The encounter of two worlds and two generations
The underground one of a suburb frequented by hooligans and bitter enemy gangs ready to sneer in the duel while on the raised floor, well defended by the mighty branches of a gigantic tree, there is a world populated by rich families, parties, music and smiles.
It is strange to see how finally the world above reaches the world below; just the corpse of Juliet that flies from the upper world to the one below underlining a fall of her towards a hell where she, instead of finding peace and reuniting with her beloved Romeo, she will instead find tragedy
I would like to anticipate a particularly unexpected moment during the preparations for the presumed wedding between Juliet and Paris of the presumed wedding where the band with a pure Roman accent discusses the pay and, encouraged tio play the popular cheesy  song “Felicità” (happiness).
The cast
30 actors from different generations: two very young protagonists: Francesco Gheghi as Romeo and Anita Serafini as Juliet, Alessandro Bay Rossi, as a great Mercuzio, the flamboyant Licia Lanera as Juliet’s aunt (Licia Lanera). the icy mother Capuleti Lucrezia Guidone, (Gabriele Benedetti), a clumsy Padre Lorenzo, and a remarkable  Father Capuleti (Michele Di Mauro) as Capuleti Father

And this alternation of dramatic moments to lines deliberately light and provocative jokes, First of all those of Juliet’s longtime baby sitter who in Martone’s version has become the Aunt Angelica

Founded on 14 May 1947 by Giorgio Strehler, Paolo Grassi and Nina Vinchi, the Piccolo Teatro di Milano was the first public Italian repertory theatre to be established and is the most important both in Italy and abroad.
The Piccolo manages three auditoriums: the original location renamed Piccolo Teatro Grassi, the Teatro Studio experimental space that also houses the School of Theatre and finally the main theatre with 968 seats, which was inaugurated in 1998 and which bears the name of Piccolo Teatro Strehler. In more than seventy years of activity, the Piccolo has produced approximately 400 shows, half of which were directed by the great Director Giorgio Strehler,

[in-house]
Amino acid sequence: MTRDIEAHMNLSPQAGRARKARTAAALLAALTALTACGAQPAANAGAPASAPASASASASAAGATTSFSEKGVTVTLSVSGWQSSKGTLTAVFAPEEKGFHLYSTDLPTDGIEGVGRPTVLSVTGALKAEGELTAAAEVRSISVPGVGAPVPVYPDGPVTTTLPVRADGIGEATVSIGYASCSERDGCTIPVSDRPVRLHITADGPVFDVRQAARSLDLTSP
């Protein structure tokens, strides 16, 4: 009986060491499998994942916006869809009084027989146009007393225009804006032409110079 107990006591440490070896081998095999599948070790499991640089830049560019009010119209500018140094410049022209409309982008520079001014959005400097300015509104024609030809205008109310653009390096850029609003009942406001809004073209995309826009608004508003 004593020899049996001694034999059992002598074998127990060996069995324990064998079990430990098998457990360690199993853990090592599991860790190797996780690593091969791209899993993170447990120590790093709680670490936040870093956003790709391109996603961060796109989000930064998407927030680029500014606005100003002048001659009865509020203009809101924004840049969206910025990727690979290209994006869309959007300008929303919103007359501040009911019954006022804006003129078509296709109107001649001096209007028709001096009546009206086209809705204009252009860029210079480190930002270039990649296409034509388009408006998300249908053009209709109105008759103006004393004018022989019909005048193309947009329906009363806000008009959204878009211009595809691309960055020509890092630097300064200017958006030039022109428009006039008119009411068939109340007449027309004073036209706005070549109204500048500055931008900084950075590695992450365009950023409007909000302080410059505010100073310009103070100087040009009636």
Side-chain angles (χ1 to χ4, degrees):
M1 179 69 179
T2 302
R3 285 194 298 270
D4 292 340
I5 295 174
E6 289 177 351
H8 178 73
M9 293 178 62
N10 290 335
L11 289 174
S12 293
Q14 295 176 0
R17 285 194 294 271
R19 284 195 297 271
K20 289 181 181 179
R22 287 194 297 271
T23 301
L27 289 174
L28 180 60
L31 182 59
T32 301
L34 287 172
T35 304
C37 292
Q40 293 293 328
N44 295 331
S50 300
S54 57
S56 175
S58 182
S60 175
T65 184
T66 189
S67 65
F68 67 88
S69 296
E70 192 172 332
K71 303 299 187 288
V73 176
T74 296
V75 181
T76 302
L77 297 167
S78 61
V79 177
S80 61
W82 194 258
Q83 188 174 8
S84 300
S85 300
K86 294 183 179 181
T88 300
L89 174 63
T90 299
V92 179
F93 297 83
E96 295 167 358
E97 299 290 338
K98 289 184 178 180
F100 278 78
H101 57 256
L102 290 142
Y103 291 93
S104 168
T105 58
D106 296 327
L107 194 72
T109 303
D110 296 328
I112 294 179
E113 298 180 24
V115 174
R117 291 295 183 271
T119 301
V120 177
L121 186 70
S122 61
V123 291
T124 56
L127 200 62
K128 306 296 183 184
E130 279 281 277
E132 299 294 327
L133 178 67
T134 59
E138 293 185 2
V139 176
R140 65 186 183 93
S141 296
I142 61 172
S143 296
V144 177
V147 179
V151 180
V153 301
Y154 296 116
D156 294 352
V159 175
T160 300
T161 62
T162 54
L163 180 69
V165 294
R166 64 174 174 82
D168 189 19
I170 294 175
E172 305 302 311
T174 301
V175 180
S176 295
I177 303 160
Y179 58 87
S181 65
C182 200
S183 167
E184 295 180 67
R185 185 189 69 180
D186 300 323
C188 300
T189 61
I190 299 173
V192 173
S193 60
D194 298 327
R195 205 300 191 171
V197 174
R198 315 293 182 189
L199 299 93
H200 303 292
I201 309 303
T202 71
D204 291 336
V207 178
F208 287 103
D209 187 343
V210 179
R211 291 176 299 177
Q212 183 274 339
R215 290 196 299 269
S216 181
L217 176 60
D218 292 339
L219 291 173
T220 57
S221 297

Today’s Romeo and Julie: Anita and Francesco

How to describe this extraordinary play?
A senseless hatred, a young and rebellious love witnessed only by nature, an epidemic that follows unclear rules; this reading by Mario Martone highlights a number of surprising points of contact between Shakespeare’s Romeo and Juliet and our present.

The Cast

Last night was the last performance at Piccolo of Martonei’s Romeo and Juliet and I really hope that this excellent piece of art would return not only to the Piccolo’s stage but would travel to enchant many other Italian and foreign theatres,
Want to know the reason?
Because is a story that speaks to everybody, excites,
amaze and conquers from the moment of the first lovers encounter, to the hidden marriage to the tragic end.
And above all that, it still makes us dream

Mario Martone tra i suoi giovani attori Francesco Gheghi (Romeo) e Anita Serafini (Giuietta)

Piccolo Teatro Strehler

CESARE ZUCCA Travel, food & lifestyle.
Milanese by birth, Cesare lives between New York, Milan and the rest of the world where he photographs and writes about cities, cultures,, entertainment. He likes to discover both traditional and innovative gastronomic delights among meeting and interviewing top chefs from all over the world, ‘steals’ their recipes in a ”
non touristy tourist ” style